How to INSERT BLOB in PostgreSQL using PHP


A binary large object (BLOB) is used for storing file contents. This is helpful for developers who want to use the PHP scripting language to add large object data and then save it within a PostgreSQL database. Flexibility is a revered characteristic of what’s special about PostgreSQL. Although it doesn’t have a BLOB data type, it understands how to utilize an alternate one to get the job done. In this case, the binary string storing is taken care of with the bytea data type. Learn more with this tutorial that explains how to insert BLOB in PostgreSQL using PHP.


  • Install and configure PHP on your system.

  • Verify which PHP version you have installed with the command php -v.

  • If you have a Linux distro, the result for the PHP version you have installed should resemble something similar to this:

PHP (cli) (built: Jul 25 2019 11:44:59) ( NTS )
Copyright (c) 1997-2018 The PHP Group
Zend Engine v3.3.7, Copyright (c) 1998-2018 Zend Technologies
    with Zend OPcache, Copyright (c) 1999-2018, by Zend Technologies
  • For your Windows OS, its screen should display a response showing the installed PHP version like this:
PHP 7.3.11 (cli) (built: Oct 22 2019 11:20:18) ( ZTS MSVC15 (Visual C++ 2017) x64 )
Copyright (c) 1997-2018 The PHP Group
Zend Engine v3.3.11, Copyright (c) 1998-2018 Zend Technologies
  • Be sure to have correctly installed and setup Composer.

  • At a terminal window, verify the version on your OS with this composer --version command.

Composer version 1.9.1 2019-11-01 17:20:17

Creating the Sample Dataset

  • Construct a test database for you to use with the examples given in this tutorial on how to insert BLOB in PostgreSQL using PHP. Name it employee. Create the structure of it with this code:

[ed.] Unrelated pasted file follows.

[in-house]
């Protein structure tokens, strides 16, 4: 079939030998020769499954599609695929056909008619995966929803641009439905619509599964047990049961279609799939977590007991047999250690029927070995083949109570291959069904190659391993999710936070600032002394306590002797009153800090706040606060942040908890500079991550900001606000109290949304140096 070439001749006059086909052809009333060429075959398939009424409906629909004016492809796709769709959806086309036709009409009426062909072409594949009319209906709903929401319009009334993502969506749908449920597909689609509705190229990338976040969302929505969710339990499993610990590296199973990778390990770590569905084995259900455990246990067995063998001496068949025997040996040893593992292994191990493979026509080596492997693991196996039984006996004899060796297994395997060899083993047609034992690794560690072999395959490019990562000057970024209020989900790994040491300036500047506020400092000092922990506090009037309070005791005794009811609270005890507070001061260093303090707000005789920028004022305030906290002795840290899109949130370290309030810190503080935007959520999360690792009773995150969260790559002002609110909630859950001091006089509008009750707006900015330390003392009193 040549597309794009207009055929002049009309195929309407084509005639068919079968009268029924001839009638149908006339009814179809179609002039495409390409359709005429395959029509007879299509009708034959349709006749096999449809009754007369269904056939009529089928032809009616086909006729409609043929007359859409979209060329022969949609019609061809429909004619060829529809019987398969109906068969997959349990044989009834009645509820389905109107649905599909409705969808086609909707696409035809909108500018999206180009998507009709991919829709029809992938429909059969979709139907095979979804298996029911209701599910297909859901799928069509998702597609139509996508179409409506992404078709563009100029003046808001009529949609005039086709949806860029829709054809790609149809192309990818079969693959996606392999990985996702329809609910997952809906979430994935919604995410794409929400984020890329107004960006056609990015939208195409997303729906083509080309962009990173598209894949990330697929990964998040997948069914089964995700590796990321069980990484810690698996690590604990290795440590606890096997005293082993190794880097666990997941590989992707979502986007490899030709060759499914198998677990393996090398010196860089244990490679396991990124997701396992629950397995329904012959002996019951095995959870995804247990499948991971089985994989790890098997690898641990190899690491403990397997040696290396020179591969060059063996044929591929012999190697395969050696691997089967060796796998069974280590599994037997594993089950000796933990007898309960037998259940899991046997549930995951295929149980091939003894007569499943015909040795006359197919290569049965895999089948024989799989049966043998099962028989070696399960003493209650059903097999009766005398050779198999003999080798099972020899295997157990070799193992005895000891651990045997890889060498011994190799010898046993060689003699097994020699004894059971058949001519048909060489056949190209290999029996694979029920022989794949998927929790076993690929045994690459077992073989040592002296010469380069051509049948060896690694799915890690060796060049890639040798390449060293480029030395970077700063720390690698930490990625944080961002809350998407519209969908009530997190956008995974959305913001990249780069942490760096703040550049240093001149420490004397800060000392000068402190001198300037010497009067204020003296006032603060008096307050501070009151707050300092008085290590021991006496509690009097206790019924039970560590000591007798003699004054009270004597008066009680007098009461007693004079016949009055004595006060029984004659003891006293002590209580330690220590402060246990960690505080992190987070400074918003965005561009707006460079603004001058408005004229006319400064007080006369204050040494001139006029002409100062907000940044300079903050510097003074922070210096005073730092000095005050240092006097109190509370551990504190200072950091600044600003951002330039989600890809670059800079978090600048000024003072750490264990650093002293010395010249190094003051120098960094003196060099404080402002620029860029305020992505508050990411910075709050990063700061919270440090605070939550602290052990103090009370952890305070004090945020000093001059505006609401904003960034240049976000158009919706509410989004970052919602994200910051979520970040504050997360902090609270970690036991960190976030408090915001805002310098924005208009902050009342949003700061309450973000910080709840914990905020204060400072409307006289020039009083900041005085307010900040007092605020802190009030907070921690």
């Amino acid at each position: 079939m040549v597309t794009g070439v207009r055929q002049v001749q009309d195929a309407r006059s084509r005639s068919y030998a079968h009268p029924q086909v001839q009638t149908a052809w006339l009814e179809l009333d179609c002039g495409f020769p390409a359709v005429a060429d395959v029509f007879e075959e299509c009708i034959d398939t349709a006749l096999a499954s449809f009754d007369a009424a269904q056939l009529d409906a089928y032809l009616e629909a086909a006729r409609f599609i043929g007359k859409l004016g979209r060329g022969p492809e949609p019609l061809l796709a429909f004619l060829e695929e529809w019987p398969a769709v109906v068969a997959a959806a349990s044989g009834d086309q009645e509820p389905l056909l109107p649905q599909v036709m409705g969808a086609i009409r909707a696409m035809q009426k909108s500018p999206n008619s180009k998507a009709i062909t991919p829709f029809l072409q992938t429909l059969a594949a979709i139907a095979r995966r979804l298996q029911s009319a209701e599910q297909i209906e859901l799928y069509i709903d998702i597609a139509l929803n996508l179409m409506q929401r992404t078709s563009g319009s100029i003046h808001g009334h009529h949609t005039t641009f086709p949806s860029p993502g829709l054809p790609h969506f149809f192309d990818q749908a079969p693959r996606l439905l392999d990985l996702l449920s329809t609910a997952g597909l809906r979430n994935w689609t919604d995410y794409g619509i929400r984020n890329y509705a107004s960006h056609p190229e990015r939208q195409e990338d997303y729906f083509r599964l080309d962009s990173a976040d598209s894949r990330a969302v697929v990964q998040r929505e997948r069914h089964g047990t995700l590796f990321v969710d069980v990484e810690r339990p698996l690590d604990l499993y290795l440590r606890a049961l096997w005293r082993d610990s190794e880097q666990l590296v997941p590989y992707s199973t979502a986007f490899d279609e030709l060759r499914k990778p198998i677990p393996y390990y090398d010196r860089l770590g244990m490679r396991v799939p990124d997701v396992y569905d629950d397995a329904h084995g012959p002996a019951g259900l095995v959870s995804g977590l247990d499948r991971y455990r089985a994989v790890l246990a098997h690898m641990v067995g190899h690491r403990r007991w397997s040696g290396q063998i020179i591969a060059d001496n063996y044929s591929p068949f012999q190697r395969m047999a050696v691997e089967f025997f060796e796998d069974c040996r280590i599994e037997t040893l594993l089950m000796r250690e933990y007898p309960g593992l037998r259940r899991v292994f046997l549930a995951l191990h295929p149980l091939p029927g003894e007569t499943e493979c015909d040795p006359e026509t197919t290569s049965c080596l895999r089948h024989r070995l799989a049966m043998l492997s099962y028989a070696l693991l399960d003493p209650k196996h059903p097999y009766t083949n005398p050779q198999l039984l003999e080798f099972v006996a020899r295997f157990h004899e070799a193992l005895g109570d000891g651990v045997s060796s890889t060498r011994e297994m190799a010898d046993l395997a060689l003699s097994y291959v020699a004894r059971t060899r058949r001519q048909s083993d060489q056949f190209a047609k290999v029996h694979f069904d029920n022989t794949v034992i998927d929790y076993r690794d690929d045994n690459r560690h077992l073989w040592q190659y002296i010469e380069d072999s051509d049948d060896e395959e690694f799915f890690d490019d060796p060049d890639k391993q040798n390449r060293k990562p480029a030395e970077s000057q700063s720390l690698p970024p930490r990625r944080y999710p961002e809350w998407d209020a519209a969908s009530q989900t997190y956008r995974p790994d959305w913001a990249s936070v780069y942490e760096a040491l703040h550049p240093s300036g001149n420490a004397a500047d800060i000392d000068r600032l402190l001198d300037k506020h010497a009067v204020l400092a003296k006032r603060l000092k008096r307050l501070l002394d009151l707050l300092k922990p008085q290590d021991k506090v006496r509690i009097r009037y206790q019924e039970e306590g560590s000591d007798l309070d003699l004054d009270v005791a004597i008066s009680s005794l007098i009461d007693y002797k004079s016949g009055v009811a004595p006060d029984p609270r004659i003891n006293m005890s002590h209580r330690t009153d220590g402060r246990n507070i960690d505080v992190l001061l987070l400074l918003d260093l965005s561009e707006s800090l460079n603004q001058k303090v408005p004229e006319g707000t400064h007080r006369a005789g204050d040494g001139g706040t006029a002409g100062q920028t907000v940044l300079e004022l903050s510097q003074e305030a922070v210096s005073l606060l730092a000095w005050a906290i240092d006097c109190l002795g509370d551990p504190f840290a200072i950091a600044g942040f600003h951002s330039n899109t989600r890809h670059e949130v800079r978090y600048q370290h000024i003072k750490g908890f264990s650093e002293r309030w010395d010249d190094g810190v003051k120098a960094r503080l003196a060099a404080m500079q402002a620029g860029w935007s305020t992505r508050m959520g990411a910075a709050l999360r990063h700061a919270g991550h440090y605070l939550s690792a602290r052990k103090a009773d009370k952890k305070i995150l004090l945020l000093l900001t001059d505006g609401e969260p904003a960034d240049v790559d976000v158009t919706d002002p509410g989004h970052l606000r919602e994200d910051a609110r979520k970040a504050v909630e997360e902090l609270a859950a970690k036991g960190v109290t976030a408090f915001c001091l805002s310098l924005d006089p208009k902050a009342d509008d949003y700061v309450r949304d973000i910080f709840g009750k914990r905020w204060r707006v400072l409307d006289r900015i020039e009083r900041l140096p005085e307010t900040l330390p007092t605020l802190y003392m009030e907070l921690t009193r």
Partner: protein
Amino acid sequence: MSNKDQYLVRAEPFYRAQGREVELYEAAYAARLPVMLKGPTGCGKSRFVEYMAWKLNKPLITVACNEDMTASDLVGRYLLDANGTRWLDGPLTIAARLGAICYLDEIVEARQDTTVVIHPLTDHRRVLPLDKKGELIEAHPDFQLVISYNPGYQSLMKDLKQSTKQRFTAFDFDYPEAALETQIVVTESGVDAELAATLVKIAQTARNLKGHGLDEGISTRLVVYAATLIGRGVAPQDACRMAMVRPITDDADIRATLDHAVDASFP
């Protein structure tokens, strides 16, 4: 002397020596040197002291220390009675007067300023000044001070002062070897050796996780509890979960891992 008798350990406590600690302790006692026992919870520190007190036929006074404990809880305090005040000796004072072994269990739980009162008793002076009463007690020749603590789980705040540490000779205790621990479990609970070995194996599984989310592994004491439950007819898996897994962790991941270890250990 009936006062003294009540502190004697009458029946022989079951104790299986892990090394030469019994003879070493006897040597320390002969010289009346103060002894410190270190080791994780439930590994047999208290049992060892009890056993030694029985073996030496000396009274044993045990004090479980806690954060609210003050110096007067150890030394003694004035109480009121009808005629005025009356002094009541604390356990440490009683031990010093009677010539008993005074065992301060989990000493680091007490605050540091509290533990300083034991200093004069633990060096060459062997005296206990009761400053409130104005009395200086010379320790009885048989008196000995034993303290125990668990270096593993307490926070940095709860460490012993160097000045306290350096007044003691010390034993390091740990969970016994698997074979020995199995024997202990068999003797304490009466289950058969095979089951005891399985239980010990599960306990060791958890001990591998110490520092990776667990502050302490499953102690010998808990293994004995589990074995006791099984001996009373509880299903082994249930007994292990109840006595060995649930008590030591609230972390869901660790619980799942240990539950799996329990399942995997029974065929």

CREATE TABLE user_info (
     id        SERIAL PRIMARY KEY,
     user_id  INTEGER,
     mime_class CHARACTER VARYING(255),
     mime_name CHARACTER VARYING(255),
     mime_data BYTEA NOT NULL

Creating the PHP Project Structure via Composer

Use Composer to build the project structure in PHP.

  • Make blobphp the name of the project main directory.

  • Create a new file with the .json extension format and name it composer.json.

  • Append your new composer.json with the code here like this:

  "autoload": {
    "psr-4": {
      "blobphp\": "app/"

Now, with the above script, class mapping is set for the namespace of your PostgreSQL project.

NOTE: The psr-4 in the script is the acronym for “PHP Standard Recommendations” for autoloading. It enables file path usage of Java’s Fully-Qualified Class Name (FQCN).

  • From a terminal window, go to the directory for the project and input this code:
composer update
  • The above code puts in your directory for the project a new vendor folder. Compose automatically produces autoload files because no library of a third party was specified.
Loading composer repositories with package information
Updating dependencies (including require-dev)
Nothing to install or update
Generating autoload files

Make the PHP config file

  • Within directory app, you will store your PostgreSQL test database’s information in a PHP configuration file. Put config.ini as its name.

Create the Asset directory

  • Make a new folder to store images for the examples given in this tutorial on how to insert BLOB in PostgreSQL database using PHP. Name the folder assets\img.

The PHP code for the connection.php

  • Create a configuration file in your app direction so you can make a database connection for your PostgreSQL project. Name the config file connection.php.
namespace blobphp;

 * Represents the Connection

class Connection {

     * The Connection
     * @var type

    private static $conn;

     * Connect to the database and return an instance of \PDO object
     * @return \PDO
     * @throws \Exception

    public function connect() {

        // The following script will parse the parameters in the conf.ini configuration file
        $params = parse_ini_file('conf.ini');